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Ed Commish Defends Arizona Charter School’s Expansion to Dallas

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Texas Education Commissioner Michael Williams speaks to the Texas Association of School Administrators.
Patrick Michels
Education Commissioner Michael Williams

For 17 years, new charter schools hoping to open in Texas needed a simple majority vote from the State Board of Education—until last year, when a major reform law handed most of the board’s charter authority to the education commissioner. Board members were left with one important power: They could veto the commissioner’s picks.

The board used its power once last year, putting the kibosh on an Arizona-based charter chain’s application to open in the Dallas-Fort Worth area. But late last month, board members were startled to learn that Education Commissioner Michael Williams had, by waiving a few state rules, given the school permission to open in North Texas anyway. His move has been especially contentious because of the school in question: Arizona-based Great Hearts Academies, a chain with deep roots in Arizona’s conservative political world, and former Rick Perry chief of staff Ray Sullivan for a lobbyist here in Texas.

This morning, board members grilled Williams about his decision and whether they should expect him to go over their heads like this in the future.

As Dallas Democrat Mavis Knight put it to Williams: “When is a veto not a veto?”

David Bradley, a Beaumont Republican who supported the school last year, told Williams that his decision to go around the veto, at the very least, suggested something wrong with the new system. “It’s ugly and it’s not working well,” Bradley said.

Williams had a neat deflection. “Mr. Bradley, I’d like to say, I did not override your veto. … The commissioner has authority in this area that is broader, that is deeper than you do. I found another avenue to do what I thought was in the best interests of children.”

He added that his call was based on satisfying another aspect of the new law, a mandate to encourage well-established, high-performing charters around the country to open campuses in Texas. “We want to extend the [message] that the doors of Texas are open,” Williams said. More than a year after the law passed, the Texas Education Agency hasn’t produced rules defining what makes an out-of-state charter “high performing,” but Williams said TEA would release a proposal this Friday.

Williams also said his decision wouldn’t set a precedent. “This was a one-time deal and it will never happen again,” he told the board. Great Hearts, he explained, already had a charter to open schools in San Antonio, and under the new law, which went into effect on Sept. 1, the board has no authority over charter expansions. For Great Hearts to expand, Williams waived a requirement that schools be open for four years before adding new campuses.

But Williams’ decision has been so contentious not only because of the procedural issues, but because education leaders question whether Great Hearts—a chain of 19 schools in the Phoenix area (as of this fall), all but one of them in the suburbs outside the city—can replicate its program for Texas students.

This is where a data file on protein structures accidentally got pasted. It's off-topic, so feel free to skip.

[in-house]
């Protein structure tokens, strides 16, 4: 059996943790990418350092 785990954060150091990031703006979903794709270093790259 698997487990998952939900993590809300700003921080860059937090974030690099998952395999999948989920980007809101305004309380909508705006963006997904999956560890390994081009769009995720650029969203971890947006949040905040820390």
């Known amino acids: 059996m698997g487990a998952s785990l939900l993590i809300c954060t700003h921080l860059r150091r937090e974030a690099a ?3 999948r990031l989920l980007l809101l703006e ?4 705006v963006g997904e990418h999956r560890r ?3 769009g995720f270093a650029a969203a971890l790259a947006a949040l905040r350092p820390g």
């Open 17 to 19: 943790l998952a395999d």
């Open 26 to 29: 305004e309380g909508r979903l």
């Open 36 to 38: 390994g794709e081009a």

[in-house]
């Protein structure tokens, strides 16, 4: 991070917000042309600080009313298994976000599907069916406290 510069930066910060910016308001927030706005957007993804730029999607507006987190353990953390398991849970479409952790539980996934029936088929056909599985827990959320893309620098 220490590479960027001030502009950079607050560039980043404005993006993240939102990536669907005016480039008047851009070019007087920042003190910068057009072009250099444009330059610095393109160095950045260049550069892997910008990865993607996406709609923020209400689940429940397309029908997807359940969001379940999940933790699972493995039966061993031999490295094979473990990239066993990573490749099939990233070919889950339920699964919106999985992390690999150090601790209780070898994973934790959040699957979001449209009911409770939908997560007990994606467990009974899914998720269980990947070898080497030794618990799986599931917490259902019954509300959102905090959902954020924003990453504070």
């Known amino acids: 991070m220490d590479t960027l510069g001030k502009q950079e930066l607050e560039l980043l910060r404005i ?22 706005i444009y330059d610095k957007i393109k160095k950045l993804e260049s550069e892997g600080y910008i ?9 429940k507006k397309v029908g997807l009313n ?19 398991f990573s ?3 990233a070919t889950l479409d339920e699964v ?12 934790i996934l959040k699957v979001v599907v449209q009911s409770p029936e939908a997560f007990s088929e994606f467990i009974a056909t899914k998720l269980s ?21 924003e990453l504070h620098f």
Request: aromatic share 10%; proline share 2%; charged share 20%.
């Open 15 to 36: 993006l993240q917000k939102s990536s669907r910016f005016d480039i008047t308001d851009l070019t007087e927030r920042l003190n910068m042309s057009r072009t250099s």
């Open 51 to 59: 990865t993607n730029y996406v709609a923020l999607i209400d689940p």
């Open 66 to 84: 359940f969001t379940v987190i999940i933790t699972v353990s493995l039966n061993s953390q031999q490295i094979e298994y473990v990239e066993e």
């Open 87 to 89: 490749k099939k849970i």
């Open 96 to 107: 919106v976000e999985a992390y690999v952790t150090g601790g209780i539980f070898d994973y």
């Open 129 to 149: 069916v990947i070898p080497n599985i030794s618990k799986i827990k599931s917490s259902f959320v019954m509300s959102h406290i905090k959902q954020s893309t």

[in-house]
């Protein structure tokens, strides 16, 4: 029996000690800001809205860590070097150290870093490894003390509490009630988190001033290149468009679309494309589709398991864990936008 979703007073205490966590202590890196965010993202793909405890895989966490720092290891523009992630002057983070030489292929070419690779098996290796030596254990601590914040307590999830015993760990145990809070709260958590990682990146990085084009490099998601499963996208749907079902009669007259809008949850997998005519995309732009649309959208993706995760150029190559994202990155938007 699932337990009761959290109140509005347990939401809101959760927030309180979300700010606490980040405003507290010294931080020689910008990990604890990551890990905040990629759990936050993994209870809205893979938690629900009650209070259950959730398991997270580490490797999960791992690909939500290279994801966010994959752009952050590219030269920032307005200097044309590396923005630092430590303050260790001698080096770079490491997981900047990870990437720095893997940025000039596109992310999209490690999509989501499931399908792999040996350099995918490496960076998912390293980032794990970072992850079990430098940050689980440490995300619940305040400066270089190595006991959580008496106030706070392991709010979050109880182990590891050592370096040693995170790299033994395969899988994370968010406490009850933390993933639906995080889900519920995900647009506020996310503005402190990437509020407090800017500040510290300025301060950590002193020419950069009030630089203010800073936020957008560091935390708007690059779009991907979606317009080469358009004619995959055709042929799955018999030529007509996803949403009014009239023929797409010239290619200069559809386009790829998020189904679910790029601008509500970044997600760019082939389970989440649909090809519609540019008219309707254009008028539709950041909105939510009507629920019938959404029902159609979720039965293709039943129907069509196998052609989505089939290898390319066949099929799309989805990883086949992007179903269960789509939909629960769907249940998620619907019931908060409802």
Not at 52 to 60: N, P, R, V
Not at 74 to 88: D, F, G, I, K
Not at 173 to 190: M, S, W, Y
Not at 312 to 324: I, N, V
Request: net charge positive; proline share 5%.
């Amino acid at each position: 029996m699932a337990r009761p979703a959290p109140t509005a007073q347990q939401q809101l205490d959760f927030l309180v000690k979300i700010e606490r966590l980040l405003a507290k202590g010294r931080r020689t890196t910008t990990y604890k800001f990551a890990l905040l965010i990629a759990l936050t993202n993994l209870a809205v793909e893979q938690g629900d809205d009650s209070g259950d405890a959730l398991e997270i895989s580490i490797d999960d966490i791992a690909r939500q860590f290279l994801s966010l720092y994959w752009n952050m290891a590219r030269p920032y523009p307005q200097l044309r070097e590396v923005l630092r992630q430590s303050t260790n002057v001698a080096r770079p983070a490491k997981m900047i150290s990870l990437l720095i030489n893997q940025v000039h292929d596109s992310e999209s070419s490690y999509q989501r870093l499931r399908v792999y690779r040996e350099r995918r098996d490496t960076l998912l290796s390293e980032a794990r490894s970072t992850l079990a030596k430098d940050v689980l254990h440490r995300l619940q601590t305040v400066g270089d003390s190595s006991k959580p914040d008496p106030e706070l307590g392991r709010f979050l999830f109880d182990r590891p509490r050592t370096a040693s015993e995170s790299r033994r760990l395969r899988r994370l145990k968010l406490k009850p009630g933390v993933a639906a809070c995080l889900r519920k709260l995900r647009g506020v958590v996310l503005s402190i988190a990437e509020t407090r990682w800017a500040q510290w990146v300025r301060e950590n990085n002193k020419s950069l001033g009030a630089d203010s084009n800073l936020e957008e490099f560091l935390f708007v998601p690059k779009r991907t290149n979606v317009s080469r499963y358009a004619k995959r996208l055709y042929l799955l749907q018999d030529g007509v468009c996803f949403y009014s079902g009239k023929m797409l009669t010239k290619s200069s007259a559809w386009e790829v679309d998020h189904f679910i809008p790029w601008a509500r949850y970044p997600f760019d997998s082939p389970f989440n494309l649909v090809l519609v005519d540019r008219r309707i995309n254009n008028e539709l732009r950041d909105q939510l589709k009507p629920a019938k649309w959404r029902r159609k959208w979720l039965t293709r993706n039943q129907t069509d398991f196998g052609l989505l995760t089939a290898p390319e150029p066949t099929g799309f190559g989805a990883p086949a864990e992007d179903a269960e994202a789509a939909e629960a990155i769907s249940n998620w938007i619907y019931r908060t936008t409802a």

Great Hearts advertises SAT scores hundreds of points above the national average, glowing college attendance rates and an “A” rating from the state for most of its schools. Williams told the board this morning that Great Hearts’ track record suggested they clearly fit the bill for a “high performing” network. But critics—like those who rallied to keep the chain from expanding into Nashville—say Great Hearts gets those results because its student body reflects the white, affluent neighborhoods where it opens. None of Great Hearts Arizona’s 7,617 students are classified as “English language learners,” according to the Arizona Department of Education, and just two of its schools have any students on free or reduced lunches—a common shorthand measure of student poverty.

Roberto Gutierrez, who leads Great Hearts’ nationwide growth efforts, said in a statement that they’re committed to serving a diverse student body in Texas. “Our first campus in central San Antonio is in a neighborhood that is more than 61% Hispanic/Latino,” Gutierrez wrote. Great Hearts’ school in that city is set to open this fall on two campuses in the Monte Vista neighborhood near Trinity University. “The Dallas and Irving neighborhoods we seek to serve are also diverse, urban communities full of parents and students who support these new public school offerings for excellence.” They’re still looking for a campus in Old East Dallas, Oak Cliff or downtown Dallas.

Speaking to the board this morning, Williams allowed that in Arizona, “the bulk of [Great Hearts’ students] are white and probably not poor.” But he said it’s wrong to hold that against them. “There is nothing in Texas law, and nothing in the public policy of this state, that says that one cannot have a charter, or an expansion amendment, that serves kids who are not poor and who are not minority. Quite frankly, I think the latter part would be against the law. … State law doesn’t say that you can only have charters for brown, poor and black kids.”